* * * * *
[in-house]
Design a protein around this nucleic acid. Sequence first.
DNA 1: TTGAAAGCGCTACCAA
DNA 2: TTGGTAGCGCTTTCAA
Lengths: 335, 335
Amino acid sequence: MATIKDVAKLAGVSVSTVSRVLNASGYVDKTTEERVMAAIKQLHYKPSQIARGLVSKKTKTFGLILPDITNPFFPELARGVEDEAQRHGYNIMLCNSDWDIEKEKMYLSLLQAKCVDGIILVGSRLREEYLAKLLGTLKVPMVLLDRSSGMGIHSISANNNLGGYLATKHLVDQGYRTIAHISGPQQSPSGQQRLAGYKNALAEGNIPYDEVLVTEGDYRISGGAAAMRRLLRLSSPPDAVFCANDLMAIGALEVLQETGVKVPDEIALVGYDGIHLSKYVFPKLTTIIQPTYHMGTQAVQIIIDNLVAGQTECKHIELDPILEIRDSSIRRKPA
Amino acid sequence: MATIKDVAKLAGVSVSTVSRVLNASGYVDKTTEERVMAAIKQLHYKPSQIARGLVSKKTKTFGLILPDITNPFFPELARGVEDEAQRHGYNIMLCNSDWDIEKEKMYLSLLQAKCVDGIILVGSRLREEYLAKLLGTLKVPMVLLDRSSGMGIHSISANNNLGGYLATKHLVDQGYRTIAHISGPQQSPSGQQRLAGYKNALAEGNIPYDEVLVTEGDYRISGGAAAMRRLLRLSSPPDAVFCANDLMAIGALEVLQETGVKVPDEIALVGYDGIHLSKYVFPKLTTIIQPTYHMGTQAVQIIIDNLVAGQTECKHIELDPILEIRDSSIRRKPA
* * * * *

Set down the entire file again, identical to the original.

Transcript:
[in-house]
Design a protein around this nucleic acid. Sequence first.
DNA 1: TTGAAAGCGCTACCAA
DNA 2: TTGGTAGCGCTTTCAA
Lengths: 335, 335
Amino acid sequence: MATIKDVAKLAGVSVSTVSRVLNASGYVDKTTEERVMAAIKQLHYKPSQIARGLVSKKTKTFGLILPDITNPFFPELARGVEDEAQRHGYNIMLCNSDWDIEKEKMYLSLLQAKCVDGIILVGSRLREEYLAKLLGTLKVPMVLLDRSSGMGIHSISANNNLGGYLATKHLVDQGYRTIAHISGPQQSPSGQQRLAGYKNALAEGNIPYDEVLVTEGDYRISGGAAAMRRLLRLSSPPDAVFCANDLMAIGALEVLQETGVKVPDEIALVGYDGIHLSKYVFPKLTTIIQPTYHMGTQAVQIIIDNLVAGQTECKHIELDPILEIRDSSIRRKPA
Amino acid sequence: MATIKDVAKLAGVSVSTVSRVLNASGYVDKTTEERVMAAIKQLHYKPSQIARGLVSKKTKTFGLILPDITNPFFPELARGVEDEAQRHGYNIMLCNSDWDIEKEKMYLSLLQAKCVDGIILVGSRLREEYLAKLLGTLKVPMVLLDRSSGMGIHSISANNNLGGYLATKHLVDQGYRTIAHISGPQQSPSGQQRLAGYKNALAEGNIPYDEVLVTEGDYRISGGAAAMRRLLRLSSPPDAVFCANDLMAIGALEVLQETGVKVPDEIALVGYDGIHLSKYVFPKLTTIIQPTYHMGTQAVQIIIDNLVAGQTECKHIELDPILEIRDSSIRRKPA